Adsorption may occur in of the three ways:

  1. Percolation;

  2. Contact;

  3. Counter-current.

Percolation by definition implies that the oil percolates through a layer of granulated adsorbent (usually silica gel), loaded into a vertical cylindrical vessel.

Contact method involves mixing of oil with powder adsorbent at 70-75oC for a duration of time, with subsequent separation of adsorbent by a press-filter. Fine adsorbent powder and temperature promote rather fast mass exchange, making the process quick. However, the disadvantage of this method is the need to dispose of large amounts of environmentally hazardous adsorbent.

The third method involves oil and adsorbent moving towards each other. The most promising  method is adsorption in a layer of moving sorbent, with continuous process without the need to stop for sorbent regeneration or replacement, however, such process requires complex equipment.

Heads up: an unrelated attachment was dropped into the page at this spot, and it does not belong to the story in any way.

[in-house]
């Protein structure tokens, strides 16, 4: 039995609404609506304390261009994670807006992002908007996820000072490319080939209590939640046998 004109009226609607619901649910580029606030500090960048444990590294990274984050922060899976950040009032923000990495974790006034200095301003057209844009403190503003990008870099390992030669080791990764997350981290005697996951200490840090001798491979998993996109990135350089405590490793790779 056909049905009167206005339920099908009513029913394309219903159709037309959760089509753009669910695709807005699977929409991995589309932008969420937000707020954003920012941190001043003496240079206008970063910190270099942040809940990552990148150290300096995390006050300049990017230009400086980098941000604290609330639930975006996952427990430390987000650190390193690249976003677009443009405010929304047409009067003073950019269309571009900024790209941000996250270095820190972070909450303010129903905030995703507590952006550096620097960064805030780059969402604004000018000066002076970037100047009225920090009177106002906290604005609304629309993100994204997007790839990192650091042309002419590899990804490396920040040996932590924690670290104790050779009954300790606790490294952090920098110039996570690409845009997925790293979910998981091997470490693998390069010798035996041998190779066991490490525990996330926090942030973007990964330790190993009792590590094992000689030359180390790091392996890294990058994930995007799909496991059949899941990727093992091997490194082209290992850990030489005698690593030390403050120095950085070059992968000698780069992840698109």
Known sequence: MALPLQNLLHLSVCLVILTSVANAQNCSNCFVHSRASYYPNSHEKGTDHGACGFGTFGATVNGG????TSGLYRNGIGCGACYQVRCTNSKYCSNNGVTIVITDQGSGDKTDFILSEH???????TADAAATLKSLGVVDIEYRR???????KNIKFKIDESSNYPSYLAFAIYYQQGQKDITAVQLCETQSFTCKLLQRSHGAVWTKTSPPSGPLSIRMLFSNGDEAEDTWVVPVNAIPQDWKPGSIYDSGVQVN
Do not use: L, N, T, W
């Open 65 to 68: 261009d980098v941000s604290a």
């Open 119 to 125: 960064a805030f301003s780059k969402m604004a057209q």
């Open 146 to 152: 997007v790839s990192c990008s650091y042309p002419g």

Some of the commonly used adsorbents for oil drying and purification are: silica gel, alumina oxide, alumina silicates, bleaching clays and synthetic zeolites.

As a rule, transformer oil purification lines feature adsorber sections, containing of four 50 kg vessels each. One vessel is filled with NaA type zeolites, which are particularly effective at removing solved water from the oil. Drying of oil by zeolites should be done when the breakthrough voltage of the oil is 10 kV or above. Dynamic efficiency of A type zeoilite in electric insulation oil purification is 7 – 16%.

The three remaining vessels are filled with silica gel, which removes oil oxidation products, unsaturated hydrocarbons, tar, sulfuric and nitrous compounds. Beside the above, silica gel is able to accumulate solved water, hence the pre-treatment by zeolite, to extend silica gel life.